San Diego scientists came away with more than $36 million in funding from the state’s stem cell institute at its board meeting April 29.
The California Institute for Regenerative Medicine, an agency established in 2005 after voters approved Proposition 71, agreed to provide $67.7 million in funding to companies across the state working to translate their discoveries into practical use. The most recent round of grants was directed at unmet medical needs or areas where new treatments have lagged.
In San Diego, privately held biotech Novocell, which is developing embryonic stem cell treatments for diabetes, will receive $5.4 million.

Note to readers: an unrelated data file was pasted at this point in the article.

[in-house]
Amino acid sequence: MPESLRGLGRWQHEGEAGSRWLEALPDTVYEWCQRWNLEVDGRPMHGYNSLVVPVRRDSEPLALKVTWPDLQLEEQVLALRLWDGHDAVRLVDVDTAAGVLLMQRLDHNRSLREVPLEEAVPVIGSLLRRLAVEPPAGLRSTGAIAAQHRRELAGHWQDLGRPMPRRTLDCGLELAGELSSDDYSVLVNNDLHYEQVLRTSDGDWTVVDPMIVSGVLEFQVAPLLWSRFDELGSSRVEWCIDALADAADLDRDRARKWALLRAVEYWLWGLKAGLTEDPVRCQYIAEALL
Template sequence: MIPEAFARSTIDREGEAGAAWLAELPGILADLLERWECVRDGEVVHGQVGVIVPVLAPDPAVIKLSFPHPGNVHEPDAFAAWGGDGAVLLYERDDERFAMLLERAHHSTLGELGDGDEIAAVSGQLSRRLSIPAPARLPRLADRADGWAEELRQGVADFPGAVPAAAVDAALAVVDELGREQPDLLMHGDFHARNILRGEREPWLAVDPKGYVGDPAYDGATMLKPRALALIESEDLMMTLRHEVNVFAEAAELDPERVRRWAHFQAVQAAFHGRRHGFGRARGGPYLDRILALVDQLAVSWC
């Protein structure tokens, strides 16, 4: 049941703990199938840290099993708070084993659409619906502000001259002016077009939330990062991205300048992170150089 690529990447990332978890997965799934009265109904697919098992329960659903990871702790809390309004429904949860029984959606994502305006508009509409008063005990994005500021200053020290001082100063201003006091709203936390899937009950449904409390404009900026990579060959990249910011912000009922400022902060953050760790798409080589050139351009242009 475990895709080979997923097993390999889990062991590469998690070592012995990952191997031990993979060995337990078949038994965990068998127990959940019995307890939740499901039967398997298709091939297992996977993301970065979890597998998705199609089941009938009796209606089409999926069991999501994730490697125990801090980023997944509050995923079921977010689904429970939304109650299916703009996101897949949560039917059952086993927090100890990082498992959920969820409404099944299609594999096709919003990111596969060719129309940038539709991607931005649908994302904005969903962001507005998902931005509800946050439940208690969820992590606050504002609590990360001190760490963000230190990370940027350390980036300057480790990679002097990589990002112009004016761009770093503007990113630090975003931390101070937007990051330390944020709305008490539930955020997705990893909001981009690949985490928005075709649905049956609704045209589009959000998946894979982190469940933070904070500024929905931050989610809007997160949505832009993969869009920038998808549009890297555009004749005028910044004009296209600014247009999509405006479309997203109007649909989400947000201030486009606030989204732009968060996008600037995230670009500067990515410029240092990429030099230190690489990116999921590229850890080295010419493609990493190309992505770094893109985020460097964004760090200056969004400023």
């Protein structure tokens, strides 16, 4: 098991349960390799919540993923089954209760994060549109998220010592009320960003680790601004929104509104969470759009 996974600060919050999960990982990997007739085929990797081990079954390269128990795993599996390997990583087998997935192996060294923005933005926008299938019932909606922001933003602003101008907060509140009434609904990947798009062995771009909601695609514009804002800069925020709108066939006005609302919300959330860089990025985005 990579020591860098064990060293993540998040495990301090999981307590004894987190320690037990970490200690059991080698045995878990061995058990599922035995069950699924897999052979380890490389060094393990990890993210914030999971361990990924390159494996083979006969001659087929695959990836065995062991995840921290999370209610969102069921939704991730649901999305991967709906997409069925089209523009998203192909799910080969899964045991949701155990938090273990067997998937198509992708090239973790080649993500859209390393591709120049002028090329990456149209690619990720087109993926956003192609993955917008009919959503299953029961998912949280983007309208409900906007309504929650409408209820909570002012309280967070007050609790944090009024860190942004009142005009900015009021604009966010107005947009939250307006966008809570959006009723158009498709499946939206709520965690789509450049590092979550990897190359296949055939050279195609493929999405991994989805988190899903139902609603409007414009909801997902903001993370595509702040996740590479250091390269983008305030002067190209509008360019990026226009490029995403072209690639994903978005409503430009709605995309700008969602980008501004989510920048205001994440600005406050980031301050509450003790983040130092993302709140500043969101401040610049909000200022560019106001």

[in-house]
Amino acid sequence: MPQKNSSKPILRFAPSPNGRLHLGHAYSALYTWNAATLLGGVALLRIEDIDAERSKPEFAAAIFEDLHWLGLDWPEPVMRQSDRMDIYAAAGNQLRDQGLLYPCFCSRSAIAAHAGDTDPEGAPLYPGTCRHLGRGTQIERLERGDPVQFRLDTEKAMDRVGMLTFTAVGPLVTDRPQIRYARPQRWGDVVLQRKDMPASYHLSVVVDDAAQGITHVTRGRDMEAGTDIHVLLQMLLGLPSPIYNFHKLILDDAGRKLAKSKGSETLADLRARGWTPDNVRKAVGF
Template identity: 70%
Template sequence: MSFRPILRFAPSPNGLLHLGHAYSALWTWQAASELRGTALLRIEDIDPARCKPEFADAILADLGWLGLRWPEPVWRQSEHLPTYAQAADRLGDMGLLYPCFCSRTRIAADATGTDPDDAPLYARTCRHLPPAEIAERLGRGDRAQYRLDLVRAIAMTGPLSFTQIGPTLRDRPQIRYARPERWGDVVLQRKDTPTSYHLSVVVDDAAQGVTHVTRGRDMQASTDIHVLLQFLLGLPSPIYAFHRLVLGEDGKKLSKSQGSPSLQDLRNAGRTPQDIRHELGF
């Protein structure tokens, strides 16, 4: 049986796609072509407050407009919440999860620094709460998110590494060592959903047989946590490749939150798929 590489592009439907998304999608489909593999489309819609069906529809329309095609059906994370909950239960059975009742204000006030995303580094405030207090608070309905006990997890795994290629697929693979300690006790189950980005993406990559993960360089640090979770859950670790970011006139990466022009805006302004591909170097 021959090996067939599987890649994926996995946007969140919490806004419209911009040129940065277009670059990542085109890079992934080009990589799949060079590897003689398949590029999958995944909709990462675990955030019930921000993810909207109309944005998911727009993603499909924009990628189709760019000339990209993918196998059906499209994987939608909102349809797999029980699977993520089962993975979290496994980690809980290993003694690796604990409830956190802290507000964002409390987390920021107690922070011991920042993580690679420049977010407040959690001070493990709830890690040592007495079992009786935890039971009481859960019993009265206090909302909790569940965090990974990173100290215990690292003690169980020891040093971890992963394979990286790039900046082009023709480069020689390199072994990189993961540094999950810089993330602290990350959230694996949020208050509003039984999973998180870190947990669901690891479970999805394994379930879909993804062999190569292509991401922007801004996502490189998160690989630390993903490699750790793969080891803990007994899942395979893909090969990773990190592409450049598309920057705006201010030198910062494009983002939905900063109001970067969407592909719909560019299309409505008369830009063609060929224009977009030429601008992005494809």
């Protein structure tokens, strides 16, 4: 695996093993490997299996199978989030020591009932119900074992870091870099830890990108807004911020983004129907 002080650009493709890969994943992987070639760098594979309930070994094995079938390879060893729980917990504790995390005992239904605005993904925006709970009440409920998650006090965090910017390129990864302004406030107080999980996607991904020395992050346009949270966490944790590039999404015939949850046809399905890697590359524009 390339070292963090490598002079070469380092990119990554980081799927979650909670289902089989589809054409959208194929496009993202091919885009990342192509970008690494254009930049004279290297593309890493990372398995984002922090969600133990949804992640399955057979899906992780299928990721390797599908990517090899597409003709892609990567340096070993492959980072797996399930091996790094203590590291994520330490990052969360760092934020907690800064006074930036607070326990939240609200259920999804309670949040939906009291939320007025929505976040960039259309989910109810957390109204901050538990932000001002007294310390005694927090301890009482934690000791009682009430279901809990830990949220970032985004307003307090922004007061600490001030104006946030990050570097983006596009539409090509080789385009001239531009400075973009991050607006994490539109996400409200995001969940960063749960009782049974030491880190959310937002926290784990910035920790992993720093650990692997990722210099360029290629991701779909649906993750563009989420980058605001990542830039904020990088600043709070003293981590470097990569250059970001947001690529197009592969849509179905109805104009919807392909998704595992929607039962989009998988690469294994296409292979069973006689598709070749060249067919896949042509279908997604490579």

The Scripps Research Institute, which is studying various stem cell techniques used to treat arthritis and age-related macular degeneration, along with methods for ensuring the cells do no harm when implanted, will get $15.4 million.
Evan Snyder of the Burnham Institute for Medical Research will receive $3.6 million for his work in Parkinson’s disease.
Inder Verma of the Salk Institute for Biological Studies, who studies untreatable diseases of the blood and immune system, garnered $6.6 million.
And UC San Diego will receive $5.2 million for Yang Xu’s work in eliminating tumors seen in some stem cell therapies.
, Heather Chambers